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A career moulded with care.
By Prabath Siriwardena
On 2nd September 2007
At National IT-BPO Capacity Summit 2007 - Career Fair, BMICH, Colombo, Sri Lanka
First of all I need to thank the organizers of this event for giving me this
opportunity to do this presentation.
Thank you all for attending this.
The objective of the presentation is to the give you an idea about a career in
the field of ICT, to encourage you to do so, and in doing so I'll walk through my
career, so you can learn from my mistakes and get something from what I did
right. If you feel I am boasting during the presentation, please tolerate, it's going
to be 20 minutes only.
To start with, a brief introduction about me. As you already know, I am Prabath. I
studied at Rahula College, Matara and completed my A/Ls in 1998. We had a
good computer lab; we had an active computer society at the school. But… I
never went to that computer lab and wasn’t a member of the computer society
either. Truly, I had no interest in Computers. But -I had a very good, solid
childhood. Thanks for my parents, we had no sophisticated tools. That indirectly
helped to improve my IQ and analytical skills.
Even today, I believe those are the two major strengths in me and we should
focus more on improving our IQ and analytical skills, than focusing on computer
related subjects. This cannot be done in 24 hours – there are no books like, ‘IQ in
24 hours’, ‘Analytical Skills in 21 days’. It’s up to you and it’s your responsibility – it
is also a long process.
So, once I completed my A/Ls in 1998, I entered University of Moratuwa in year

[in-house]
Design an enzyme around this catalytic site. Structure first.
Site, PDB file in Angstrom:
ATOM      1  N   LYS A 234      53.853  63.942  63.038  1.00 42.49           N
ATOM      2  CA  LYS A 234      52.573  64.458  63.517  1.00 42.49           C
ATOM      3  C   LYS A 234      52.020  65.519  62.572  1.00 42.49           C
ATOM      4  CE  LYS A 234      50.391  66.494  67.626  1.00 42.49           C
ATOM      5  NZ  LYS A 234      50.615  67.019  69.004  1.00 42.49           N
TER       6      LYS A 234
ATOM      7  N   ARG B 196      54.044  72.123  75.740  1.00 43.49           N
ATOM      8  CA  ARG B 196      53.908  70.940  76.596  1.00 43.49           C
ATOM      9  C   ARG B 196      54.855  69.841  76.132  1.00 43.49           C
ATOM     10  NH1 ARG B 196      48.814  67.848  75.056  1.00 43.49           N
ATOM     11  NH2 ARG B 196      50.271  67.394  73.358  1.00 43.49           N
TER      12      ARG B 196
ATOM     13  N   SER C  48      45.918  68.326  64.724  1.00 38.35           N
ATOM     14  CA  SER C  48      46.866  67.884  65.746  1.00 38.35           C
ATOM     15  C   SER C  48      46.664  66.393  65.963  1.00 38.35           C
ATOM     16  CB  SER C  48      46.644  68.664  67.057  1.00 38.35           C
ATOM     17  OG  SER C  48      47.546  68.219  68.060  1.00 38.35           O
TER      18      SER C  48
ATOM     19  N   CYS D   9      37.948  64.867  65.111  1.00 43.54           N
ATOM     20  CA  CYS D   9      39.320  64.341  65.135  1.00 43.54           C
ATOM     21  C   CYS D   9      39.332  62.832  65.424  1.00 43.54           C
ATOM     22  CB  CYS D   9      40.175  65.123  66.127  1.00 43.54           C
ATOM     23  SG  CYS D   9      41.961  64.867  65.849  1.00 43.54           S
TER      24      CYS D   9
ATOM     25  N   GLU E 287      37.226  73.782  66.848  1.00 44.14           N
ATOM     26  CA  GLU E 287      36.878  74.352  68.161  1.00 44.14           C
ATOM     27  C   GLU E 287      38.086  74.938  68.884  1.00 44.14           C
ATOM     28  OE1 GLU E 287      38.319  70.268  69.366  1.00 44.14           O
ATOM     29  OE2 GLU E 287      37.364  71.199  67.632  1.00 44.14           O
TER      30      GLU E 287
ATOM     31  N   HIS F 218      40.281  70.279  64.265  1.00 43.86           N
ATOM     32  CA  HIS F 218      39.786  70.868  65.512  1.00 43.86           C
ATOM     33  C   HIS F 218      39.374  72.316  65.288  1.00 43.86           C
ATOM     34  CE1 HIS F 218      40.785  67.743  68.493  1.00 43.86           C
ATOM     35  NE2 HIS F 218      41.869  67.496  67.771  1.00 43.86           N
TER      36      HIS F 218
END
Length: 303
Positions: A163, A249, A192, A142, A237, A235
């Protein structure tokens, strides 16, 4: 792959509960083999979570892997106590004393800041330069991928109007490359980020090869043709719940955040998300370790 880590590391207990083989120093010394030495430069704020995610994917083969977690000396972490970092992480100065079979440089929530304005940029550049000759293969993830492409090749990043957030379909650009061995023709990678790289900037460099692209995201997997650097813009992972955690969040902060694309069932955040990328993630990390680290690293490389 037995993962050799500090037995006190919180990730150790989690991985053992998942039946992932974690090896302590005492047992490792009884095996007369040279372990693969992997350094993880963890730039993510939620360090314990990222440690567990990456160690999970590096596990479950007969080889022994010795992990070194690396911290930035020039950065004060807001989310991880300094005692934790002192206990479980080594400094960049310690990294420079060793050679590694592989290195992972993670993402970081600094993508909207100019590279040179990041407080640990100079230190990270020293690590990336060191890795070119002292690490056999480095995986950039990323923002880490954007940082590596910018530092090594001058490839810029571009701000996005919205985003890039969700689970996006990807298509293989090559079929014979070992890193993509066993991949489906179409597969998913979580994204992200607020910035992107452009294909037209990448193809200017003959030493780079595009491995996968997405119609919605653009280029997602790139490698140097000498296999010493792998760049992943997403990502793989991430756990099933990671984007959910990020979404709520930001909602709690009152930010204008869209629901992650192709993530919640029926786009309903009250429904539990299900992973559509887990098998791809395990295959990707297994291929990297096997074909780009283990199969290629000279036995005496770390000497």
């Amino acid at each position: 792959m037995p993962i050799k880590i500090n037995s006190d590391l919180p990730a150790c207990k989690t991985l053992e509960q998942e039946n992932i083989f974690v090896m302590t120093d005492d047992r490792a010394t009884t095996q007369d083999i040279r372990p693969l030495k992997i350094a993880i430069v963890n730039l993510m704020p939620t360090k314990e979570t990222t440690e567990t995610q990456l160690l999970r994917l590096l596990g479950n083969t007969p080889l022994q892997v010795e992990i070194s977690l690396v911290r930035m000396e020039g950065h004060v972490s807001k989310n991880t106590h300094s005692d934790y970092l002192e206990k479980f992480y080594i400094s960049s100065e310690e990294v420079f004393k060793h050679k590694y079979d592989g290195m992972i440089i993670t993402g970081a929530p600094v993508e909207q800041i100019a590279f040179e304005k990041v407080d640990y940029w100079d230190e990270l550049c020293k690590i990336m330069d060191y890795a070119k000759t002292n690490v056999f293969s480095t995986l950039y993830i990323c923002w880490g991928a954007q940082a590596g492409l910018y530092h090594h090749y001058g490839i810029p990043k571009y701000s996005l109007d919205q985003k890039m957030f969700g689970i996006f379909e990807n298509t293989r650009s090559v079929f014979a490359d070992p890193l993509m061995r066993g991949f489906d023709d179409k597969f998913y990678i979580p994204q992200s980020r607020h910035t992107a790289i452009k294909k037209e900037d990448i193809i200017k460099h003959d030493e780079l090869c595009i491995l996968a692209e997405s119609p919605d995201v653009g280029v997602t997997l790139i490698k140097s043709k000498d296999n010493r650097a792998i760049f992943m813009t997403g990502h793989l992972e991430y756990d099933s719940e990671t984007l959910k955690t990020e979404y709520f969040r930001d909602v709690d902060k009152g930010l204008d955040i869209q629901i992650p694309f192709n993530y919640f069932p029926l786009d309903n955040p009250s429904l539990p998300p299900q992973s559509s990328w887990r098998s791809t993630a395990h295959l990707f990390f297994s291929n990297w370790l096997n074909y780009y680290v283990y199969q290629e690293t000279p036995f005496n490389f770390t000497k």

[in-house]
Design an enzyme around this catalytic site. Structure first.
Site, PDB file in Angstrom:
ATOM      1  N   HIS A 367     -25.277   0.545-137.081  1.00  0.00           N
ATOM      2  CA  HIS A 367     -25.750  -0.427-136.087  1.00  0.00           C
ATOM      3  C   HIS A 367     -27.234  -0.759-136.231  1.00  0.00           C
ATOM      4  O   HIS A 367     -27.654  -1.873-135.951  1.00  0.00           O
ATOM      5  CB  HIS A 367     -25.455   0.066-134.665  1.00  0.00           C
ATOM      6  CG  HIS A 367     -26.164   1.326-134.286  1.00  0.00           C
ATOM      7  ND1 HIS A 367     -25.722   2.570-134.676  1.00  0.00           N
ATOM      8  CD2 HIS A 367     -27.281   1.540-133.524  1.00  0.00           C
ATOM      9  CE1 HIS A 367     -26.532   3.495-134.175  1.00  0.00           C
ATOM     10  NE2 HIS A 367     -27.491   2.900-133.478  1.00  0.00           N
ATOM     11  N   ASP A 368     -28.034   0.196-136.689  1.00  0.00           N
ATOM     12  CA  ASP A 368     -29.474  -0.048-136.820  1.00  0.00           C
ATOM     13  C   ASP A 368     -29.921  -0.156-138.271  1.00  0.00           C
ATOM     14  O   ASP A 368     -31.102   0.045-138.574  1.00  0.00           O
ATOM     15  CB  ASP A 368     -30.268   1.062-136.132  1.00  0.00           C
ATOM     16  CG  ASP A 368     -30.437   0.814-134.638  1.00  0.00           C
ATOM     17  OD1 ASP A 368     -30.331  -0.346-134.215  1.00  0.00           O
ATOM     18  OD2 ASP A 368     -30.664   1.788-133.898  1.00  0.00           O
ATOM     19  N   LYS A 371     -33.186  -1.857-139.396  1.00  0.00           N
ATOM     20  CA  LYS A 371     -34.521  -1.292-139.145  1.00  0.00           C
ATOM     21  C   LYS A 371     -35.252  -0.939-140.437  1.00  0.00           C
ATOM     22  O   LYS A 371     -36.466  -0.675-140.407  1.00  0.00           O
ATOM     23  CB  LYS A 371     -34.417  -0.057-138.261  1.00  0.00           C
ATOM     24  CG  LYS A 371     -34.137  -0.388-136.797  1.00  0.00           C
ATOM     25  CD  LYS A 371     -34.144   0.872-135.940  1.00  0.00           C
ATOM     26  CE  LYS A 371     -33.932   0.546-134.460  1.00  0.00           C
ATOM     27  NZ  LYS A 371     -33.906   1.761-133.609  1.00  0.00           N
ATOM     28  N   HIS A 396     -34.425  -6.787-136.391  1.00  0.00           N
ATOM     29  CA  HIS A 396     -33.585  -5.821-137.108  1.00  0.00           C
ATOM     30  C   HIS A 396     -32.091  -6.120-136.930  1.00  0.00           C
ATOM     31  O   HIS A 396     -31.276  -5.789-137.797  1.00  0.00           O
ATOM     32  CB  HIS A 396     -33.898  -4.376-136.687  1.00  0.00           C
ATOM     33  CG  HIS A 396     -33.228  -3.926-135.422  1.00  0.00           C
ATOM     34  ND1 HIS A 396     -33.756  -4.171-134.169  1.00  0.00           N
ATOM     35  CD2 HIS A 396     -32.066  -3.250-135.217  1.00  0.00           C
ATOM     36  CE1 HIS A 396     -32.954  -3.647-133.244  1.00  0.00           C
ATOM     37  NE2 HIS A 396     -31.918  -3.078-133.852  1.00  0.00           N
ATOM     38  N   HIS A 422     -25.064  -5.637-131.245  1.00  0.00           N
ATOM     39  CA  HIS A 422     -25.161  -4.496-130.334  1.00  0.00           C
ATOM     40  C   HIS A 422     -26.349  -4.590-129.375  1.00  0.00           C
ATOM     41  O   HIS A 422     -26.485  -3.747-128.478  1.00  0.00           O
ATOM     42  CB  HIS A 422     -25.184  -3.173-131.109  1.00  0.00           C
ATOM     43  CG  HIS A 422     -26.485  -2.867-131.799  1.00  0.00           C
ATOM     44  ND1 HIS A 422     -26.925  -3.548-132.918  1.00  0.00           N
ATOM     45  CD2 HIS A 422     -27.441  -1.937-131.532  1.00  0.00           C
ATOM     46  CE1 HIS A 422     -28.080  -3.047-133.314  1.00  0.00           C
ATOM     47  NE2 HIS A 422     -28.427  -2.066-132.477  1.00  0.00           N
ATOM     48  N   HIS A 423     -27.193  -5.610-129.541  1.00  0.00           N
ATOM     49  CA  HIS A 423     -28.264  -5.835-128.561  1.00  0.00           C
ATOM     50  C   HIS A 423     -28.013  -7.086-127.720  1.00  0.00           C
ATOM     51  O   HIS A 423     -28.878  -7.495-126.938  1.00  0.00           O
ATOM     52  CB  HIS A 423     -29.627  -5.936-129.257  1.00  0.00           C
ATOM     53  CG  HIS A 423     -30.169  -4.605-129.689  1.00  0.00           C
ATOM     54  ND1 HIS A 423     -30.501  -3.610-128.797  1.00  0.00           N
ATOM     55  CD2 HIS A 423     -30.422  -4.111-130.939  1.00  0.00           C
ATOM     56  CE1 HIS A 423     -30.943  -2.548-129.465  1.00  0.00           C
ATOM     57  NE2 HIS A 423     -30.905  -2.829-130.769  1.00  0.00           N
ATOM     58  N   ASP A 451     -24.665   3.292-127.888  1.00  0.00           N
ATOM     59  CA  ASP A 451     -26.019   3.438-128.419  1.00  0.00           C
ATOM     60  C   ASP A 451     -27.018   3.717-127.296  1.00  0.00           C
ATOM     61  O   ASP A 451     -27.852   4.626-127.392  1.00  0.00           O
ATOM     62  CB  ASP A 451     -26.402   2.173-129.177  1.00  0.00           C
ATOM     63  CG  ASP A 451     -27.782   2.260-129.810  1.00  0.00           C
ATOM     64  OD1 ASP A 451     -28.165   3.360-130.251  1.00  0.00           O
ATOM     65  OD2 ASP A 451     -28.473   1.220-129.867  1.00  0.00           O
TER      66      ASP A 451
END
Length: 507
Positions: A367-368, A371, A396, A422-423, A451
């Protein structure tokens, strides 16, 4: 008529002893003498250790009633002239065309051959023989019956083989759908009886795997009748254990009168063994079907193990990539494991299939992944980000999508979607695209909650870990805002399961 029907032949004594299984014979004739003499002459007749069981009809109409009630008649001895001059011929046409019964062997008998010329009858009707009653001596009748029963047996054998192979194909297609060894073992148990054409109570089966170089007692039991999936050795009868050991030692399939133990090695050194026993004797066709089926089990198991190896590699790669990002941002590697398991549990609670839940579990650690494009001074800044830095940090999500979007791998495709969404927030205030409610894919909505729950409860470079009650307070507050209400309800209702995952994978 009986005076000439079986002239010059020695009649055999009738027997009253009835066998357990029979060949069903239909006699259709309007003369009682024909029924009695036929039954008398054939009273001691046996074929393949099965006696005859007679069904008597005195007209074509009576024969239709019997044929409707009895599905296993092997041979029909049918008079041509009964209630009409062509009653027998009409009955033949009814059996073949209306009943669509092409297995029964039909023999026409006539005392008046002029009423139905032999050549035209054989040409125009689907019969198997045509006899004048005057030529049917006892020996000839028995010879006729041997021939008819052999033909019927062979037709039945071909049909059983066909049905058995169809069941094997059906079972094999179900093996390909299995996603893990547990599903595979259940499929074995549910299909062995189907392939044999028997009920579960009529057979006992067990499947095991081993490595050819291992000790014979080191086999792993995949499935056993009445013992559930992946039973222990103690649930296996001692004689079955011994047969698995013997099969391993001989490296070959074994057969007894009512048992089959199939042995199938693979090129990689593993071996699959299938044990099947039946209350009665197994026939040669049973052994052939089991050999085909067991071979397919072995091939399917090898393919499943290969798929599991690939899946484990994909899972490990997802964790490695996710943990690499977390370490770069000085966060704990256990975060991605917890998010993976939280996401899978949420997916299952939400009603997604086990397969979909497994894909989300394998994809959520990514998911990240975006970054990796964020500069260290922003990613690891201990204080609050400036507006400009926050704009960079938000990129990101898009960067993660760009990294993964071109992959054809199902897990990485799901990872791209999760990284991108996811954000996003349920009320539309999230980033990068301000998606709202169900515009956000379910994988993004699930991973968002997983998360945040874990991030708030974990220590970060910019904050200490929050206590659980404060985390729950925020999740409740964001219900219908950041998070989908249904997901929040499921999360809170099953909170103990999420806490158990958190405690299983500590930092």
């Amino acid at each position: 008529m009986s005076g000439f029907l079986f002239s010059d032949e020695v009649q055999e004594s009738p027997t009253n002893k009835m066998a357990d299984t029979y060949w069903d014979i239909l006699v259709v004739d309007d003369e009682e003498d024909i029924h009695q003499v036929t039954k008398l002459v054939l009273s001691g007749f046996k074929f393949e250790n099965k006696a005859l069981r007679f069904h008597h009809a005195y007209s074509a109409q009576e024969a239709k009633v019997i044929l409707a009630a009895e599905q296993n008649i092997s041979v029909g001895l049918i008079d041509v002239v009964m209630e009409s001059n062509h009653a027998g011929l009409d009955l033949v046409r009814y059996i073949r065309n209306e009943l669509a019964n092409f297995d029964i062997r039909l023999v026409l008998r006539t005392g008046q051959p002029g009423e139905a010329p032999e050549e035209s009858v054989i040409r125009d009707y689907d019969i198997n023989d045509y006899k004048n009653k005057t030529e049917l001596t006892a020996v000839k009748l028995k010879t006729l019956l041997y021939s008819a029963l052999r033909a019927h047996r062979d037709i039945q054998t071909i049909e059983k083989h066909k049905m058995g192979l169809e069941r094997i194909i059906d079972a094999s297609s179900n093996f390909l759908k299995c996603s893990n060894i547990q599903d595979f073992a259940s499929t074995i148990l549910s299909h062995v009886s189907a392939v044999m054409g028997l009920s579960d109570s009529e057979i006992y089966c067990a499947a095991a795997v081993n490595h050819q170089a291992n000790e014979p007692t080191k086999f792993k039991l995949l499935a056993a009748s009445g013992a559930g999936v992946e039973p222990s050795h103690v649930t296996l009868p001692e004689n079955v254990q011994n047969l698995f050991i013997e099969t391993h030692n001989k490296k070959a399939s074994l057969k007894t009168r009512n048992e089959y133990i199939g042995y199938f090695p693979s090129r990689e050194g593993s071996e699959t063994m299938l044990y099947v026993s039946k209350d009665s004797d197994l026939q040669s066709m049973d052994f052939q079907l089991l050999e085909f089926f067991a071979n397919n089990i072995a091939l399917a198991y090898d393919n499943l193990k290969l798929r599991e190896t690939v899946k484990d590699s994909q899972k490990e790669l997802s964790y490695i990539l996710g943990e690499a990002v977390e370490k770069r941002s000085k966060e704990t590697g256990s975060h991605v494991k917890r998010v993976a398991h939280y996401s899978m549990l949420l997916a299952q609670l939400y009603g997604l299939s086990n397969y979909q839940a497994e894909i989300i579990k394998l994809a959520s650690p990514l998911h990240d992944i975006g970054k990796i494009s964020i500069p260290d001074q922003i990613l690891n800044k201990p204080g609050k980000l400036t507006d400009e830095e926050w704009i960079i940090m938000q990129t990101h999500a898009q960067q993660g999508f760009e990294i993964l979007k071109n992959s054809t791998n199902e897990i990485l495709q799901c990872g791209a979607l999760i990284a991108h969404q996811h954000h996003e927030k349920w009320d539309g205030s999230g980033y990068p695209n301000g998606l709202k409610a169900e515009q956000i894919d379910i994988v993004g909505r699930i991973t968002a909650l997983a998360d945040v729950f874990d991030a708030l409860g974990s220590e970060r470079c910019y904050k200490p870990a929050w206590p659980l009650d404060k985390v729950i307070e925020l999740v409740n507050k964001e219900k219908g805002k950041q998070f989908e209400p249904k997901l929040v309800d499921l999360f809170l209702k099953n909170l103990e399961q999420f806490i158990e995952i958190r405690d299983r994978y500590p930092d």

2000. There was almost one and half year break. It was the time I found interest
in computers and in 1999, 8 years back, when I was 20 – I touched a computer
for the first time. I got to know for the first time, the cursor moves when we move
the mouse. So - if you are 20 and know nothing about computers – don’t worry –
still you can make it – still you can have a very good career in the field of ICT. If I
could – why not you?
In 1999, while I was at home, waiting the University to start, I joined Wijeya
Pariganaka magazine published by Wijeya Newspapers Ltd as a freelance
journalist. This is another changing point in my life. I started few article series on
Java, Open source software and Sri Lanka’s IT Professionals. I had the
opportunity to meet and interview Professor Samaranayaka, Professor Sam
Karunaratna and many other leading IT professionals. I contributed to Wijeya
Pariganaka, till year 2005 and have written more than150 articles. Among all the
articles, the first one I wrote in September 1999 for the first magazine of Wijeya
Pariganaka was something memorable to me. It was about a set students in
Nannapurawa Vidyala, miles away from Colombo. They had a computer
society – but they didn’t have a computer. I wrote their story – fortunately a
gentleman with a heart who read the article, presented them a computer –
which at that time was their dream machine.
Till year 2000, things came in my way. With little effort – I got better results. I
thought it’ll continue so. Figure this out – a mistake I did. During the first year at
the University – I was a very relaxed man. But things did not continue in the same
as in the past. We had a very competitive exam at the end of the first year and
based on its result s we could do a field selection. That is, we can choose
whether we want to continue in Computer Engineering, Electronics, Electrical,
Civil Engineering or Mechanical Engineering. The plan was to go ahead with the
Computer engineering… but did not work. I got 68.16 average at the end and
for Compute Engineering the margin was around 72. I had no option – I had to
do Civil Engineering. So, if you are good enough to get through you’re A/Ls, but
not fortunate enough to follow a Computer Engineering degree at a University -
don’t worry – still you can make it – still you can have a very good career in the
field of ICT. If I could – why not you?
Not being able to get into do Computer Engineering was my first ever failure in
the life. I was 21 then and was really frustrated and worried. I felt like it was the
end of my dream of being a software engineer. My father is an author and a